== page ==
As with any concept, there are disadvantages as well as advantages of applying evidence based medicine to modern healthcare; despite the integration of evidence based medicine in the curriculum for university medical studies courses, as a relatively new practice the number of healthcare professionals not familiar with such a routine is still fairly high. Furthermore, many of those who practised long before the implementation of evidence based medicine feel it undermines their clinical expertise and the value of their experience to a degree. This point is also relevant when considering individual approach to carrying out medical procedures and treating patients. Surgeons, for example, often have a preferred methodology for carrying out operations or a particular instrument they prefer to use which may go against guidelines established as a result of evidence presented by relevant trials; this raises the question of whether they are then obliged to change a habit of numerous years to fit in with modern, unfamiliar guidelines.
Short term cost is an obvious limitation but can be justified to some extent when considering the long term cost-effectiveness of using evidence based medicine. The decision related to which research programmes to fund raises ethical as well as economic issues but it is obviously not possible to fund research into every known illness.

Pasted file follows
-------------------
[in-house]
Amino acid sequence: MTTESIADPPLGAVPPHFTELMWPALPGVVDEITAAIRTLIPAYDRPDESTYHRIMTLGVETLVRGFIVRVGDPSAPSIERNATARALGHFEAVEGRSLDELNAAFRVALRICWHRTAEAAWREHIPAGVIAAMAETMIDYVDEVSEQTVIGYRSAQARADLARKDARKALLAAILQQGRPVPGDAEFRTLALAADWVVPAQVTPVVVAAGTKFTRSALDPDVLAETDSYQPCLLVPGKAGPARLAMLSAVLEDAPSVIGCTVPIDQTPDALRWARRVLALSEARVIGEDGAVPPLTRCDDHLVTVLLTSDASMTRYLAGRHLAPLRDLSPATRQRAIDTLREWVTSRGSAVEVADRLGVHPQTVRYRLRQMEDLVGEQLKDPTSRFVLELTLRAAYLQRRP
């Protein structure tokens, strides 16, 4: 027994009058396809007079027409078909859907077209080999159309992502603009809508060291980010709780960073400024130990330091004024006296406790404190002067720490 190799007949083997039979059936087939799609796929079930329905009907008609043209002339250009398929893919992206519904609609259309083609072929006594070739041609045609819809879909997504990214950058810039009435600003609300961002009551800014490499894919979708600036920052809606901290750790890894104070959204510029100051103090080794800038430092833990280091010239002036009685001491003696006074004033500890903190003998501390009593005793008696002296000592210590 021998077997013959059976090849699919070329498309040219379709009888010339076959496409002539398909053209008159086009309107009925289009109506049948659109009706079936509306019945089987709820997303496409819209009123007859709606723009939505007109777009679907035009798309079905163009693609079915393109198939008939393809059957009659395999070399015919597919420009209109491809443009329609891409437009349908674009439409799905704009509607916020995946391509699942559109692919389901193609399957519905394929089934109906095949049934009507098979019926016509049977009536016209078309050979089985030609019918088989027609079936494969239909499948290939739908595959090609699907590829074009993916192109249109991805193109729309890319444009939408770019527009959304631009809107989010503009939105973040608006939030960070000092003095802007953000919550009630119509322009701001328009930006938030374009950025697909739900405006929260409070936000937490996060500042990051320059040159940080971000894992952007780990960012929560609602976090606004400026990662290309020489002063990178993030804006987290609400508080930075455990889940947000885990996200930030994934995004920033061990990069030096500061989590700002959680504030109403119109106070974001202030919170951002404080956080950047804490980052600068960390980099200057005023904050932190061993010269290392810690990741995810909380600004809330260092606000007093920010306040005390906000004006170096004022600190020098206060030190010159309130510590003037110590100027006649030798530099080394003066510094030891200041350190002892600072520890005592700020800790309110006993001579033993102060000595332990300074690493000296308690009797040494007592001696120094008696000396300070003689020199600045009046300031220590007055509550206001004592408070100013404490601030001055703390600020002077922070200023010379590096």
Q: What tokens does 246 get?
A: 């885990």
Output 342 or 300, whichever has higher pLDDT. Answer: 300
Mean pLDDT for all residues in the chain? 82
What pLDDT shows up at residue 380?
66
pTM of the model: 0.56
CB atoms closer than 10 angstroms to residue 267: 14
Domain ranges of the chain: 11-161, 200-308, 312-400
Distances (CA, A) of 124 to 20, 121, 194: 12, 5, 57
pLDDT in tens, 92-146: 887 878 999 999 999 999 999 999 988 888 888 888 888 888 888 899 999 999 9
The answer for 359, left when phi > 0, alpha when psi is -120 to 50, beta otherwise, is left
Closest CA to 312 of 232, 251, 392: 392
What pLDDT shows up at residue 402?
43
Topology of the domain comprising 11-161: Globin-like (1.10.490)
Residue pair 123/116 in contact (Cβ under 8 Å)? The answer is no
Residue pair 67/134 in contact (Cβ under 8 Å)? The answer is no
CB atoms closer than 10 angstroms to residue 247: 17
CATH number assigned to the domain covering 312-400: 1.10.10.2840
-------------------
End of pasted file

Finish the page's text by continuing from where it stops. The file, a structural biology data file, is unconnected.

A Lack of Evidence
Critics of the evidence based medicine system have stated that most commonly a lack of funding for research means there is a lack of sufficient evidence for treatments associated with many different illnesses, particularly those that are relatively uncommon. If no money is committed to researching certain illnesses then it is possible that no progress will ever be made concerning the treatment of that particular illness, despite advances in technology and scientific research possibilities. In addition to this, research suggests that not all data is made available for all to see, with negative trials often not published; this infers a degree of selectivity and bias.
The Personal Touch
Whilst the evidence supporting the benefits of evidence based medicine is abundant in terms of determining effective treatments, this concept does not account for issues such as how an individual patient feels from one day to the next; even if a drug is proven scientifically to be effective it will still affect each individual in a different way and therefore some patients may not follow the predicted course of recovery. In addition to this, the use of evidence based medicine often comes under fire for suggesting a generalised, collective approach to patient care rather than being focused on one individual at a time. Also, the relevance of trials to the patient must be addressed; for example if a study has concluded that a drug is effective in the treatment of 10-20 year old Asian males, is it right to assume that that drug will be as effective in a group of 60-70 year old White females?
Lack of Skills
Critics have expressed concern that those healthcare professionals who have not previously been specifically trained to interpret the data they receive do not have the necessary skills to do so and are therefore struggling to act in accordance with new guidelines. In addition to this, it is anticipated that there is little time allocated for learning these skills due to the busy and stressful nature of the healthcare profession.